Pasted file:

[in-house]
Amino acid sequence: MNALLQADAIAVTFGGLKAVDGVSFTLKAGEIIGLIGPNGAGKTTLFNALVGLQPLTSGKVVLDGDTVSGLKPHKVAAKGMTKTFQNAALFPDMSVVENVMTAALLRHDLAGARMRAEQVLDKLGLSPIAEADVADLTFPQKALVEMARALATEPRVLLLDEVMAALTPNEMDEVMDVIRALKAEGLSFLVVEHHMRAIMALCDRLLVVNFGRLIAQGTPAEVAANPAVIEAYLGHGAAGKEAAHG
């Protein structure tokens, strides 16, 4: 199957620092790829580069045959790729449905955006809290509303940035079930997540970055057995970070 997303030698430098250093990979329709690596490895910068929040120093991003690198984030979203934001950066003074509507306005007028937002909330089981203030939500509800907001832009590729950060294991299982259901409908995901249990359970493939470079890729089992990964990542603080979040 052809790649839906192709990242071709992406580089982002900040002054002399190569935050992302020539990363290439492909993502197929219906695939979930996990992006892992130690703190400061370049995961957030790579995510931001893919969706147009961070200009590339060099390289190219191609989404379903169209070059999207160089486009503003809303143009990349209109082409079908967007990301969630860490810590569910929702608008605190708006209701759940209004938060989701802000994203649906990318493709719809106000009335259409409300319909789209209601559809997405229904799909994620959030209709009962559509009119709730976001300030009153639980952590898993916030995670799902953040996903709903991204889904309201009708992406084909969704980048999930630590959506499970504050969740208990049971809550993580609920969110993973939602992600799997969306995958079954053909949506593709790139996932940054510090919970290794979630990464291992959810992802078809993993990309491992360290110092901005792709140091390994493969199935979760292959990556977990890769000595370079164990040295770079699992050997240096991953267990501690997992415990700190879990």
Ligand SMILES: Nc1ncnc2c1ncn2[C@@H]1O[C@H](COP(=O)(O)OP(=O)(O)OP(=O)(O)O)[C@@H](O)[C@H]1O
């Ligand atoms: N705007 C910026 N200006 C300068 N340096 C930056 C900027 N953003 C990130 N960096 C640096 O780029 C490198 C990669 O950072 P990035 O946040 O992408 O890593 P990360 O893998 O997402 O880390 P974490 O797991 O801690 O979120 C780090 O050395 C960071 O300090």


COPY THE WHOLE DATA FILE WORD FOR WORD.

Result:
[in-house]
Amino acid sequence: MNALLQADAIAVTFGGLKAVDGVSFTLKAGEIIGLIGPNGAGKTTLFNALVGLQPLTSGKVVLDGDTVSGLKPHKVAAKGMTKTFQNAALFPDMSVVENVMTAALLRHDLAGARMRAEQVLDKLGLSPIAEADVADLTFPQKALVEMARALATEPRVLLLDEVMAALTPNEMDEVMDVIRALKAEGLSFLVVEHHMRAIMALCDRLLVVNFGRLIAQGTPAEVAANPAVIEAYLGHGAAGKEAAHG
């Protein structure tokens, strides 16, 4: 199957620092790829580069045959790729449905955006809290509303940035079930997540970055057995970070 997303030698430098250093990979329709690596490895910068929040120093991003690198984030979203934001950066003074509507306005007028937002909330089981203030939500509800907001832009590729950060294991299982259901409908995901249990359970493939470079890729089992990964990542603080979040 052809790649839906192709990242071709992406580089982002900040002054002399190569935050992302020539990363290439492909993502197929219906695939979930996990992006892992130690703190400061370049995961957030790579995510931001893919969706147009961070200009590339060099390289190219191609989404379903169209070059999207160089486009503003809303143009990349209109082409079908967007990301969630860490810590569910929702608008605190708006209701759940209004938060989701802000994203649906990318493709719809106000009335259409409300319909789209209601559809997405229904799909994620959030209709009962559509009119709730976001300030009153639980952590898993916030995670799902953040996903709903991204889904309201009708992406084909969704980048999930630590959506499970504050969740208990049971809550993580609920969110993973939602992600799997969306995958079954053909949506593709790139996932940054510090919970290794979630990464291992959810992802078809993993990309491992360290110092901005792709140091390994493969199935979760292959990556977990890769000595370079164990040295770079699992050997240096991953267990501690997992415990700190879990």
Ligand SMILES: Nc1ncnc2c1ncn2[C@@H]1O[C@H](COP(=O)(O)OP(=O)(O)OP(=O)(O)O)[C@@H](O)[C@H]1O
């Ligand atoms: N705007 C910026 N200006 C300068 N340096 C930056 C900027 N953003 C990130 N960096 C640096 O780029 C490198 C990669 O950072 P990035 O946040 O992408 O890593 P990360 O893998 O997402 O880390 P974490 O797991 O801690 O979120 C780090 O050395 C960071 O300090």